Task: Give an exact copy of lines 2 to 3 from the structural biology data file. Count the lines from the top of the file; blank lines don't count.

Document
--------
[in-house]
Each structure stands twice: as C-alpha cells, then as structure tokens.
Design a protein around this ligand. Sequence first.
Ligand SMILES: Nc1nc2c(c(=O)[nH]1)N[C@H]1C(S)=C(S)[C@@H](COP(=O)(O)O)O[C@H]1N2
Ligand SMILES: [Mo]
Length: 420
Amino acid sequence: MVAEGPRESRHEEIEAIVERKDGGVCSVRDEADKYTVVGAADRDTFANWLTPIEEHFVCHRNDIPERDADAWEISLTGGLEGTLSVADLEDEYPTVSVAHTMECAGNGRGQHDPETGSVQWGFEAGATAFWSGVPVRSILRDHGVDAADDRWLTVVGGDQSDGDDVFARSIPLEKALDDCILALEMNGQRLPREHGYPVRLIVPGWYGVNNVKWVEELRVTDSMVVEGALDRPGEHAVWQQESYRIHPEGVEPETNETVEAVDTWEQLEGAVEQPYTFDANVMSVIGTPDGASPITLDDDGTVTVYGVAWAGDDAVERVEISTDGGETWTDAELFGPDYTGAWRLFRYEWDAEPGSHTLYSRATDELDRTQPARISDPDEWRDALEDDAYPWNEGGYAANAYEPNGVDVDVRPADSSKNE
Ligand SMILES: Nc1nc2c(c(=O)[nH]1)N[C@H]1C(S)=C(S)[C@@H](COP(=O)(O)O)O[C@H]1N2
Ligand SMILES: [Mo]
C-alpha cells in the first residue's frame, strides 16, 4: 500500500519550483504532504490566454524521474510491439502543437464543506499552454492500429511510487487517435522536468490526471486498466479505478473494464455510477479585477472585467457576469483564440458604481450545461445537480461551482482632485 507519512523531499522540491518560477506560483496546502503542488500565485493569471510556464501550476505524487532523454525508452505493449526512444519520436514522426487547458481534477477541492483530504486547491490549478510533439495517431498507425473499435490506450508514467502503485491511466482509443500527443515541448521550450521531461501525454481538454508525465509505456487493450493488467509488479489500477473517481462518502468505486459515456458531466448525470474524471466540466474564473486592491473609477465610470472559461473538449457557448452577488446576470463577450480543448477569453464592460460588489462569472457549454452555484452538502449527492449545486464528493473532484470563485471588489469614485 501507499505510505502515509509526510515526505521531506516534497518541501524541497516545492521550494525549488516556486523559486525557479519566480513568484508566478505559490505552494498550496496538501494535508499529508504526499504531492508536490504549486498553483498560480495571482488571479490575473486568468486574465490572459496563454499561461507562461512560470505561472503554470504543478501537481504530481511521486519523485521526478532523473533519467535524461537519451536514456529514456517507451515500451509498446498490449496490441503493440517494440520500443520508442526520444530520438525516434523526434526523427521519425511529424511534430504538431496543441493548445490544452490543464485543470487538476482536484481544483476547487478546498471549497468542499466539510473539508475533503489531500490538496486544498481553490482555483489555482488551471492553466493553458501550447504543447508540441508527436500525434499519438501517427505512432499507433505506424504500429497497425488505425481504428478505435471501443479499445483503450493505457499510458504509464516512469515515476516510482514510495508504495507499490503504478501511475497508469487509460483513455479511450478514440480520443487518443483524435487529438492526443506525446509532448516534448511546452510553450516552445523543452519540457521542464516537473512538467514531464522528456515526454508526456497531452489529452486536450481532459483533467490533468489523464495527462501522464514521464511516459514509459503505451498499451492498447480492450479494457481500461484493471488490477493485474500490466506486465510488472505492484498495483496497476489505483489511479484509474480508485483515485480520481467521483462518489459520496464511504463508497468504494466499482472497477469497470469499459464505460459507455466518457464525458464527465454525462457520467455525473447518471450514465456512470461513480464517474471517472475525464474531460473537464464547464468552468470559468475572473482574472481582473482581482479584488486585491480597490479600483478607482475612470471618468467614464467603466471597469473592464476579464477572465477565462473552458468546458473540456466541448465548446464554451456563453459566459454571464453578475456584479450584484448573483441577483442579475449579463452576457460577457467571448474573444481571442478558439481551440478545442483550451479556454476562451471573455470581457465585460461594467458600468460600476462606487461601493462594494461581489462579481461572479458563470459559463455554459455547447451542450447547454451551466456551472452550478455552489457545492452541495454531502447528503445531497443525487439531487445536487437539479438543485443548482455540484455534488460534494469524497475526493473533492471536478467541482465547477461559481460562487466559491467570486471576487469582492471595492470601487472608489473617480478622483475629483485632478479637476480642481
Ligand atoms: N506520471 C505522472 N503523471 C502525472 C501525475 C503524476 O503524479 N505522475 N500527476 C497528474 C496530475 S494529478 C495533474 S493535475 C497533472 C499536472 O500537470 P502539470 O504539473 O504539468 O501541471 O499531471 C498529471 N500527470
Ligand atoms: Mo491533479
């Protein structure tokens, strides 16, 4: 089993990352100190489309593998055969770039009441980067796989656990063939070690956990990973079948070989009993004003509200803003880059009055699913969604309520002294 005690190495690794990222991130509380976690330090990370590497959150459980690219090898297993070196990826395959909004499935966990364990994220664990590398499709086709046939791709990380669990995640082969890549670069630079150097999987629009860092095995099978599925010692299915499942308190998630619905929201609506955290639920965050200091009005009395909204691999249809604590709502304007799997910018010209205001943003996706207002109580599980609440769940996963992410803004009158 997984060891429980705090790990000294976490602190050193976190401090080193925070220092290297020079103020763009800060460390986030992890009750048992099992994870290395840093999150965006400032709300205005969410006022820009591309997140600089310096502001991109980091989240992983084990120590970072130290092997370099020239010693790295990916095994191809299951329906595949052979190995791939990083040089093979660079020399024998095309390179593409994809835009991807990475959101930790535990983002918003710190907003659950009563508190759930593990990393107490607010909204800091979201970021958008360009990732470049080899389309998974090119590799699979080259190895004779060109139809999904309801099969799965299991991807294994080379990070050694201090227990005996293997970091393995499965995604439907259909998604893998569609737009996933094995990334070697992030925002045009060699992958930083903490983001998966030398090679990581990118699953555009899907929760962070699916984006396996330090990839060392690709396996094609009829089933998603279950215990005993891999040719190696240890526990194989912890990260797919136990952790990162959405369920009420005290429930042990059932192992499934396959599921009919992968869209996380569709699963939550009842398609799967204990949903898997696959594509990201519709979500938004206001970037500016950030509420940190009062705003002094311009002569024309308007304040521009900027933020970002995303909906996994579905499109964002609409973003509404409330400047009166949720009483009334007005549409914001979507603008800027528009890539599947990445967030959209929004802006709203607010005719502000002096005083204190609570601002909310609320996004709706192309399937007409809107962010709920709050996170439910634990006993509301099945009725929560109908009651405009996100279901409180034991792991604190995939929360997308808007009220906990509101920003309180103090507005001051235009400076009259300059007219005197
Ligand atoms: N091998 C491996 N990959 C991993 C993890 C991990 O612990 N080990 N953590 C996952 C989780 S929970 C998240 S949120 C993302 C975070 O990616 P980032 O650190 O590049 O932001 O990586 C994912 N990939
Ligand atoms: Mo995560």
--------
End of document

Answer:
Each structure stands twice: as C-alpha cells, then as structure tokens.
Design a protein around this ligand. Sequence first.